Hearing problems are not one of the things we ordinarily associate with cancer treatment. Everyone knows about nausea and other GI issues and fatigue and hair loss as partners with chemotherapy. But hearing issues? Not so much.
It turns out that this is more of a problem than one might expect. There are a few chemotherapy drugs (the platinum based ones) that can directly cause hearing loss. There are other less direct associations that can cause trouble. Not being able to hear so well is a real social issue. I remember reading a study once that suggested that deaf people feel more excluded from some situations than those who are blind. The good news is that hearing generally improves back to baseline when treatment is completed.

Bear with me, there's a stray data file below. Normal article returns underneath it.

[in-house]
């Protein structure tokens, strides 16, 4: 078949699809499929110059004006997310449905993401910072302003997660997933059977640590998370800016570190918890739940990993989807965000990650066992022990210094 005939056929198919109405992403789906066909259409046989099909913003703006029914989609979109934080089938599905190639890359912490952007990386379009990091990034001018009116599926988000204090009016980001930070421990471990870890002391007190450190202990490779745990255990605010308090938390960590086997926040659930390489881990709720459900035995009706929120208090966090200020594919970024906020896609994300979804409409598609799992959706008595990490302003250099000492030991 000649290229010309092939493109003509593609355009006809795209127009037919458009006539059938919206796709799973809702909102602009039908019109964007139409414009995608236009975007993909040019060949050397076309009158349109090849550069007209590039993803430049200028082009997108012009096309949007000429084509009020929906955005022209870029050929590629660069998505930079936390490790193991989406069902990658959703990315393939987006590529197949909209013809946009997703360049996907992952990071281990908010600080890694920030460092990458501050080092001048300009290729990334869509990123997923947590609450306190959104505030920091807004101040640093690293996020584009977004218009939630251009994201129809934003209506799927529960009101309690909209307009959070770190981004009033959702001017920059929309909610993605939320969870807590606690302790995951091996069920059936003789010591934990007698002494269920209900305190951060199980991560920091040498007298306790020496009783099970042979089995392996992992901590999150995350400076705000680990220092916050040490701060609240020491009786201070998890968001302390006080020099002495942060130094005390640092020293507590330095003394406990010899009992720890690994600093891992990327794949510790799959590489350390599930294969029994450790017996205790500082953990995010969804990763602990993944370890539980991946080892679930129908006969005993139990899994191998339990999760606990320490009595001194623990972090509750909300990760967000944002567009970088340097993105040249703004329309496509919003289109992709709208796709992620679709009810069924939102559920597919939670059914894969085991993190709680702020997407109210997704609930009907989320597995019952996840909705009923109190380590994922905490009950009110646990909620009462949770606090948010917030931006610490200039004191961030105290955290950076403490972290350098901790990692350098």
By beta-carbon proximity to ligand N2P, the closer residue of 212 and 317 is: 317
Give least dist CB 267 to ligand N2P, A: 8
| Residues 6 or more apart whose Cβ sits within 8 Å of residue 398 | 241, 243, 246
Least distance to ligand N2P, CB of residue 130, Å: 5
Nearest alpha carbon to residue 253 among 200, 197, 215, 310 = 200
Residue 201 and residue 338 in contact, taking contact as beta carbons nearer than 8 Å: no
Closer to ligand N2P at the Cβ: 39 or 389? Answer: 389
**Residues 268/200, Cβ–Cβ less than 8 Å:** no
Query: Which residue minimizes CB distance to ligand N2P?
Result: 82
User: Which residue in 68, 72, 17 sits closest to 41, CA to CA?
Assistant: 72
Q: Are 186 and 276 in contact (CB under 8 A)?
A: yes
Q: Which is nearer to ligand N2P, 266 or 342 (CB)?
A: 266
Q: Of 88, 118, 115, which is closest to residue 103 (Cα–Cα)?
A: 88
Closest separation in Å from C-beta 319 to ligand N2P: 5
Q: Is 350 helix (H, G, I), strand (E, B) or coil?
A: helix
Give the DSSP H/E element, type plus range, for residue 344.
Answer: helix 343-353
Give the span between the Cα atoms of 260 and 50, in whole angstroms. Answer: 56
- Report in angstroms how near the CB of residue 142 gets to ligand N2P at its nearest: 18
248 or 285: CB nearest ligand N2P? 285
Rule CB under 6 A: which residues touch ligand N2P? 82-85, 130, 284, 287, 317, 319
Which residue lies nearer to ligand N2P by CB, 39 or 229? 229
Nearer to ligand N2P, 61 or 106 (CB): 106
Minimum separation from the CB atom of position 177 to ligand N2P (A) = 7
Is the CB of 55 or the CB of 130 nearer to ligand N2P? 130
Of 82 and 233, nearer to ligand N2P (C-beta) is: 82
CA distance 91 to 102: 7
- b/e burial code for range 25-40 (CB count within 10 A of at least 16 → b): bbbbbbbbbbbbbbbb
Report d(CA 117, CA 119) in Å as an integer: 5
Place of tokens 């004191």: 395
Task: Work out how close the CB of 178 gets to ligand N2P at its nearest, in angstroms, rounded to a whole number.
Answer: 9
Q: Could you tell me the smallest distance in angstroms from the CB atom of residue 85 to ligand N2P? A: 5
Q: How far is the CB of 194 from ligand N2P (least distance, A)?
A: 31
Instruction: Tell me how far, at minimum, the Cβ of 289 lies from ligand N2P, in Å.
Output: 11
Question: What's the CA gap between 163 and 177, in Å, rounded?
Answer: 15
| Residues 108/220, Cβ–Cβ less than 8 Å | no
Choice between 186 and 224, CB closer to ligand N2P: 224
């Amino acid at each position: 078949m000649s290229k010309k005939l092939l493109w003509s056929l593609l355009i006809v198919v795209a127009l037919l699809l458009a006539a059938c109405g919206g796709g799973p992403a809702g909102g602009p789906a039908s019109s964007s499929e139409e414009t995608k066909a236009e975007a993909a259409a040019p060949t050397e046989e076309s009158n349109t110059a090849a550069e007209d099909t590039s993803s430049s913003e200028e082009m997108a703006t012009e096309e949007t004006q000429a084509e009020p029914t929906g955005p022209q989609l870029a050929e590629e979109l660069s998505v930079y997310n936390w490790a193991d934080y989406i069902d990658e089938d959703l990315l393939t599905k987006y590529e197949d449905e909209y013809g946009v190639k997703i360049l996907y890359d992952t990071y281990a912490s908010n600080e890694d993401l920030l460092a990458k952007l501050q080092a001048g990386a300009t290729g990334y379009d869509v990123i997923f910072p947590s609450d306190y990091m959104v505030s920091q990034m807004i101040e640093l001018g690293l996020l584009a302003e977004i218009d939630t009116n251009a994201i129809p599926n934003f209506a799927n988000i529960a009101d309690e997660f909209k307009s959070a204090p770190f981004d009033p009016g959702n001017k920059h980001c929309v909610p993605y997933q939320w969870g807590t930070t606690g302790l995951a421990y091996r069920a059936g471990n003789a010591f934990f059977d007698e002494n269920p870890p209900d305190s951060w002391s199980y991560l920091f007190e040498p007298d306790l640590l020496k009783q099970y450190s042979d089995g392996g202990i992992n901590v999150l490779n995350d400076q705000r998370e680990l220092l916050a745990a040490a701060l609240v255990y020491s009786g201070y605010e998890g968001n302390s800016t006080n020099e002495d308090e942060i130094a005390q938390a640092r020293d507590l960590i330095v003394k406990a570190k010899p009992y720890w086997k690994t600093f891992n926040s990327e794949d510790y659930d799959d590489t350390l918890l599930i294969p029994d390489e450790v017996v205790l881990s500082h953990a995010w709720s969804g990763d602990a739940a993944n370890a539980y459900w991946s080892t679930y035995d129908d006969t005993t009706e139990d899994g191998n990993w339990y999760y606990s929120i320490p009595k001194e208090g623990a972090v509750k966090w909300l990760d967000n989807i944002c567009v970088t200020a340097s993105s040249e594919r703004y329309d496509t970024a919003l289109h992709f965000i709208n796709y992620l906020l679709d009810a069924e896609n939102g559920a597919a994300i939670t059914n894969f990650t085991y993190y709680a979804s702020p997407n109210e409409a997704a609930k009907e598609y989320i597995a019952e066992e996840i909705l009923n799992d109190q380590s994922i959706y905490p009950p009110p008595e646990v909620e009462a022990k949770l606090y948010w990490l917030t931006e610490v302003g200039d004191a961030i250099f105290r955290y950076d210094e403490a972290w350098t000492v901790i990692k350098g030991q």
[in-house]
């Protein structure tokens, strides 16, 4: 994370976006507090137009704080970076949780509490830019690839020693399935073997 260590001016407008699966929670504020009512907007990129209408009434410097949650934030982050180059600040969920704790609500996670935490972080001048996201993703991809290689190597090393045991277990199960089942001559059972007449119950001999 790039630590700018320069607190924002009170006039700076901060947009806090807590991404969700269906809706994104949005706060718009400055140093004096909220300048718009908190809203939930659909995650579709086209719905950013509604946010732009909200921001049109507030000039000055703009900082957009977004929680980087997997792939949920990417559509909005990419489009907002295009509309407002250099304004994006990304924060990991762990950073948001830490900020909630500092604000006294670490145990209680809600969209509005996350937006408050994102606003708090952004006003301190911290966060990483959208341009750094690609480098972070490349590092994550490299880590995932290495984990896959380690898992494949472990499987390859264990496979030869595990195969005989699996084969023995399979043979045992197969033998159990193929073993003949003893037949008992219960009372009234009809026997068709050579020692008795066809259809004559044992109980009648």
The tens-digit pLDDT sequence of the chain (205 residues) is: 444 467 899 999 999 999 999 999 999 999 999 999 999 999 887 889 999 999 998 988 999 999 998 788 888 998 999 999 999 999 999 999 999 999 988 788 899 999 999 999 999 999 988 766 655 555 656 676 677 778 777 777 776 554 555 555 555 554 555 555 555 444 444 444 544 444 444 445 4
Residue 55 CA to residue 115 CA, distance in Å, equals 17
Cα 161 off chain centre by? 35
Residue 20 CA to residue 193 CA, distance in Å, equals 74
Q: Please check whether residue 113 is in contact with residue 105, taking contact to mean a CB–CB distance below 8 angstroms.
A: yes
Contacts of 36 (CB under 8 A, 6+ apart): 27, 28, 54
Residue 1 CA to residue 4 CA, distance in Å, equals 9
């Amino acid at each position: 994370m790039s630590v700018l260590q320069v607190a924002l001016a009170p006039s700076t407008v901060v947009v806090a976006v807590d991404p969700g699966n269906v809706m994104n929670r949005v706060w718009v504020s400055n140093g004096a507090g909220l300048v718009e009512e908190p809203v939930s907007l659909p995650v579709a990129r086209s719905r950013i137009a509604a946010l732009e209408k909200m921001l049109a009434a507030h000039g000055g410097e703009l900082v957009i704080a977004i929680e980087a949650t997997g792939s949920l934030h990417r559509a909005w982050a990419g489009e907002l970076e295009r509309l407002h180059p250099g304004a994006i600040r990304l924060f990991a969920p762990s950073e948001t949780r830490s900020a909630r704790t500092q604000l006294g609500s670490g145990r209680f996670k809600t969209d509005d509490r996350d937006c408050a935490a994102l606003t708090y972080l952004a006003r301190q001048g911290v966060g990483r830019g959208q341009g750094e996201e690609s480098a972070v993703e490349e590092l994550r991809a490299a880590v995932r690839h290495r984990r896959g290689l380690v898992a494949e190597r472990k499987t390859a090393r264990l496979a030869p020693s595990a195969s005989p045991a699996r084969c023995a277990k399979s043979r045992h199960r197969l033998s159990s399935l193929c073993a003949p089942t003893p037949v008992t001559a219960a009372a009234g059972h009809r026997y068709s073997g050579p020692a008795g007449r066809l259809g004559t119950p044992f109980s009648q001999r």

From Cancer Net comes this information:
Some cancers and cancer treatments may cause hearing problems. These problems can include mild to severe hearing loss and tinnitus, a ringing in the ears. Hearing loss and tinnitus, which may occur separately or together, often go away when treatment ends. In some cases, damage to the ear is permanent.
Hearing problems can affect your quality of life. Tell your health care team about any hearing changes that you experience during or after cancer treatment. Relieving these and other side effects is an important part of cancer care. This is called palliative care or supportive care.
Types of hearing problems
The ear has 3 main parts: inner, middle, and outer ear. Hearing problems begin when 1 or more of these parts cannot function properly.
Read more: http://www.cancer.net/navigating-cancer-care/side-effects/hearing-problems?et_cid=39683245&et_rid=970623634&linkid=hearing
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